Lina Wallen did not believe it when she received a call nominating her to be the Arizona Daily Sun’s Female Citizen of the Year for 2018.
Wallen said people had joked with her before about the prospect, but when a former winner actually called her formally announcing her selection, she was in disbelief. A group of former winners populates the committee that selected Wallen for her strong and committed community activism.
“I couldn’t donate a million or a billion dollars, but I have time and I have expertise. That’s the way I give back,” Wallen said.
Wallen’s goal is to help children realize their potential through the opportunities around them, whatever it takes. If she has to take kids to the museum to learn about their local history, teach a family how to file their income taxes or even to simply sit and listen, she will make the effort.
“Children are the focus in my heart. That’s why when I get into education I went to psychology, specifically for child development. It wasn’t for myself. I wanted to help more effectively,” Wallen said. “I don’t have a license. I don’t need a license. But I have to understand what a child is before I could help further.”
She explained that her life of giving back began when she was a young girl living in Indonesia. She grew up in a city where people forsake certain privacies in favor of a supportive and involved community. She said as a child, her family was well off and she would sometimes take food from the kitchen to give to children.
An Indonesian saying she learned growing up that she returns to often is, “dimana bumi dipijak, disitu langit dijunjung.”
“It means wherever you live, you have to respect whatever is surrounding you. Literally, where you step on earth, there is always sky above you,” Wallen said. “That’s really stuck in my mind. Different cultures make me learn how to respect others and you have to do whatever you can surrounding you.”
Wallen met her husband at a seminar in New York and moved to California with him. They raised two children until she finally forced her husband to check out Flagstaff; he had avoided the city after a bad family road trip when their car broke down in the city when he was a child.
When she finally convinced him to visit on vacation, they looked at some homes and decided to buy a house on the spot.
When she and her husband moved in to the mountain town, Wallen said they had full intention of living a quiet life in retirement. That lasted all of two weeks until she heard about a child who was murdered by his father in Flagstaff.
“I was thinking, how could people not really get involved?” Wallen said.
The list of places Wallen has volunteered with is so long, even she has trouble listing them all. She works as a Court Appointed Special Advocate for children, where she can be appointed by a judge to represent abused and neglected children and prevent them from being lost or overburdened in the legal and social service system.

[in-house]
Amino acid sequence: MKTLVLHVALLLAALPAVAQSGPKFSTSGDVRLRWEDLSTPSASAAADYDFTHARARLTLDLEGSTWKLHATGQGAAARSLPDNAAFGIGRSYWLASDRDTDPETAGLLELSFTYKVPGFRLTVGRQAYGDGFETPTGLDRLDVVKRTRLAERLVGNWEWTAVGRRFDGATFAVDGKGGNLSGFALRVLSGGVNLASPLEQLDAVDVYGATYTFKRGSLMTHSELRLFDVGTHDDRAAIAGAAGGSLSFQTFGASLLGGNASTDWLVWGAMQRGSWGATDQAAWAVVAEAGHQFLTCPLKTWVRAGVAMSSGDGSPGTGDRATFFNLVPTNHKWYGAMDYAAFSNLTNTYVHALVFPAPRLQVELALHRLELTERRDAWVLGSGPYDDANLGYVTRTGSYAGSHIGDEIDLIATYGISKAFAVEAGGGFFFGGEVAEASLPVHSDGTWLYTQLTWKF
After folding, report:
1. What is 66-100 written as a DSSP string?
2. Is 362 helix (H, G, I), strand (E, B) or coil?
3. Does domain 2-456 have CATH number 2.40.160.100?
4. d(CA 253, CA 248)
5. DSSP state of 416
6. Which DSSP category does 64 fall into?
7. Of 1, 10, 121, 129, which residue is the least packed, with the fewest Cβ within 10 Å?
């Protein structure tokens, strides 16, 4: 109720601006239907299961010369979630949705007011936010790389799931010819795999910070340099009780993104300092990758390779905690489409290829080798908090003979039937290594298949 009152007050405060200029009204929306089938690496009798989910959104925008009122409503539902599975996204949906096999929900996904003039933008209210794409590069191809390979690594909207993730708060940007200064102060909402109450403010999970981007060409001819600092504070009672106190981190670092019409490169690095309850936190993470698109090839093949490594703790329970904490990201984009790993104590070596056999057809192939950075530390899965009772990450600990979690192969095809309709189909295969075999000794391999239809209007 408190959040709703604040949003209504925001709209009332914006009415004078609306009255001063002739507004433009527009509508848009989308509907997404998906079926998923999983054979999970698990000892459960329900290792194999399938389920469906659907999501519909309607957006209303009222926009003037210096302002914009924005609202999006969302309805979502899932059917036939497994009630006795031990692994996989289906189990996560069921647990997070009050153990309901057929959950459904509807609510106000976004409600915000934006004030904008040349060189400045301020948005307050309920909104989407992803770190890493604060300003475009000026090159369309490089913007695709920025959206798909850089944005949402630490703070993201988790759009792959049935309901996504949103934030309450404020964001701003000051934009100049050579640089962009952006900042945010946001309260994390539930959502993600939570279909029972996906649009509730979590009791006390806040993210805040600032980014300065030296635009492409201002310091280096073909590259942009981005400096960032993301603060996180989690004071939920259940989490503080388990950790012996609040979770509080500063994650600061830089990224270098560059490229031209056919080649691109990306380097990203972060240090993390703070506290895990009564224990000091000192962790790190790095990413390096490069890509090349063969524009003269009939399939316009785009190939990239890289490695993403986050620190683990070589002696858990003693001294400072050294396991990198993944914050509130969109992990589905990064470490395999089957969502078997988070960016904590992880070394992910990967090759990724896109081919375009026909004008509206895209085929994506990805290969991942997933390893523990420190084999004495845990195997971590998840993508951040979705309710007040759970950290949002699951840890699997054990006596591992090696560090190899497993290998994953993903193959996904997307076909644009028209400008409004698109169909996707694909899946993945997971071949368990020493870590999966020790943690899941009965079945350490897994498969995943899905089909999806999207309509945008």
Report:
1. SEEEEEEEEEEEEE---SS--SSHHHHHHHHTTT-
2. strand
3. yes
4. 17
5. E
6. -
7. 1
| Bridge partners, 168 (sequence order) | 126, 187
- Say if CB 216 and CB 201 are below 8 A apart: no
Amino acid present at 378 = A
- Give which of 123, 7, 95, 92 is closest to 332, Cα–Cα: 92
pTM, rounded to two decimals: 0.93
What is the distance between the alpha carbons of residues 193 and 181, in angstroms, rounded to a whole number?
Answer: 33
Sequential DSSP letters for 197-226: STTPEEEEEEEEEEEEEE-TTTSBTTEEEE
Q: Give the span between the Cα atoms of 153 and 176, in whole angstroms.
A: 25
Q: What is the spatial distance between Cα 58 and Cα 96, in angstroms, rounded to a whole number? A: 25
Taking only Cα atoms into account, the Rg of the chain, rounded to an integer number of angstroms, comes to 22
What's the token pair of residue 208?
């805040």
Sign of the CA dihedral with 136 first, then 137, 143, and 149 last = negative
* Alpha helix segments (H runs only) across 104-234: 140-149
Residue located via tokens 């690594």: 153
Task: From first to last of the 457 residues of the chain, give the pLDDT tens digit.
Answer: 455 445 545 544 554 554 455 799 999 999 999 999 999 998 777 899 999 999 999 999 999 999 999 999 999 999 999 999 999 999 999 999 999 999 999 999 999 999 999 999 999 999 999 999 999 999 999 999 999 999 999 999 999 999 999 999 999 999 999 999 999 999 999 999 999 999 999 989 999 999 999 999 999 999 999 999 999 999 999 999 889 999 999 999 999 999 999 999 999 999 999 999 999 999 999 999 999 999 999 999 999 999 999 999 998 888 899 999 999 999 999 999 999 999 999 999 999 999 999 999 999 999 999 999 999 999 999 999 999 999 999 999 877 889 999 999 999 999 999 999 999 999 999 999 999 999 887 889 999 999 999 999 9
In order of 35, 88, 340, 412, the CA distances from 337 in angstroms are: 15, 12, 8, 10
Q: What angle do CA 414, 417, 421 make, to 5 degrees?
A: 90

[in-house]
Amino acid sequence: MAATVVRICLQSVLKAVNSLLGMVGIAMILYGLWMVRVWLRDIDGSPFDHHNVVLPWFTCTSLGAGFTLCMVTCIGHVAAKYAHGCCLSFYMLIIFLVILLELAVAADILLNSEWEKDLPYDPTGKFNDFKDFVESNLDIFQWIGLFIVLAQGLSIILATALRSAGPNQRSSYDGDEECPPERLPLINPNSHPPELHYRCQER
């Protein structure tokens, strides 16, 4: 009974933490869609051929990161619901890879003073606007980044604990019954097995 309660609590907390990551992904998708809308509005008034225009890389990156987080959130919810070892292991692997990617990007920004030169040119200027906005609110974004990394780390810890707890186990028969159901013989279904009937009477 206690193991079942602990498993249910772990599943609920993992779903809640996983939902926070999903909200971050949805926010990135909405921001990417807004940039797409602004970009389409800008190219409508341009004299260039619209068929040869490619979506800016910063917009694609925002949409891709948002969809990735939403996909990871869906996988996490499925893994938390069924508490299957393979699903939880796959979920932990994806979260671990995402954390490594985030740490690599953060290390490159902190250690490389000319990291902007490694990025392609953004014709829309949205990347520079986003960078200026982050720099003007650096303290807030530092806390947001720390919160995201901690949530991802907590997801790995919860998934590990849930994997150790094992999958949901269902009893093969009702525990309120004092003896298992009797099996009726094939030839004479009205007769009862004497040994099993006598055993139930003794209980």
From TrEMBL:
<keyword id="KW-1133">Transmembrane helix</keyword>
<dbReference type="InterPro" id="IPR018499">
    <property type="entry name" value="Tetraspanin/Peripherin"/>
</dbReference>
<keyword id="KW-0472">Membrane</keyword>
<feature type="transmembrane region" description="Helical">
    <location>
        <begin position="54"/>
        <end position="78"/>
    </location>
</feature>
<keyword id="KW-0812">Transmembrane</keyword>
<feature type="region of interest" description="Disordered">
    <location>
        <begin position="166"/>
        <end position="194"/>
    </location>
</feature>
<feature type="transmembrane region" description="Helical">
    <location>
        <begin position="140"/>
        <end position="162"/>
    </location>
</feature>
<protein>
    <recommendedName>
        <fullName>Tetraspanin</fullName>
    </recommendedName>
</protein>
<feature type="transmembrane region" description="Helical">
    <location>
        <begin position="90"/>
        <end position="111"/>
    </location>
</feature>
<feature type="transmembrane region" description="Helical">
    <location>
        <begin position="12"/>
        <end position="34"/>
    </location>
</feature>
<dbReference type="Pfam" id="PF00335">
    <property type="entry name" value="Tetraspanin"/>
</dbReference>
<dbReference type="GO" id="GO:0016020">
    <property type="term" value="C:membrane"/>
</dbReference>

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She works for children with a multitude of life experiences and cultural backgrounds, where she believes her work will help give more opportunities for children without many options.
“I believe, if children know what’s really available in the community and how to conduct their own behavior,” Wallen said, “they face this world open eyes knowing everything surrounding them and will benefit more.”
Part of her belief means helping resources in the children’s lives, like their parents, their schools and groups that would otherwise protect children.
“We are a rich country here,” Wallen said. “Not everybody knows that, not everybody knows how to connect with those resources. People have to help each other, to educate each other.”
She works on the National Association for Advancement of Colored People, Flagstaff Police Department Citizens Liaison Committee, Volunteer Income Tax Assistance, Community Emergency Response Team, DREAMS Board to give scholarships for minority students in Flagstaff, Flagstaff Family Food Center Board among many other agencies.
She admits that she has to turn jobs down sometimes, but she believes it doesn't take much to make an impact.
“I think we’re better off not only volunteering in terms of formal organization, but volunteering to help take the neighbors kids to the museum, to see a concert, to see a play. One of my kids before didn’t even know what a play was,” Wallen said. “Take them to the Christmas Carol play. That’s the easy one.”
Through her time volunteering, Wallen feels that local rates of youth suicide is a large issue that needs to be addressed more thoroughly.
“How could nobody know about these kids’ sadness, these kids’ depression? Such a young age. There’s no hope at all? It’s sad really.”
Wallen and her husband left her children in California when they moved to Flagstaff. She explained that she feels she has adopted the children of Flagstaff to become a part of her family.
She sees her work as a small part of the great work being done in the city.
“Your kids are really the ones who will help me if I fall down. I know I have my daughter, but she won’t help me. I expect your kids to help me,” Wallen said. “You are my family here.”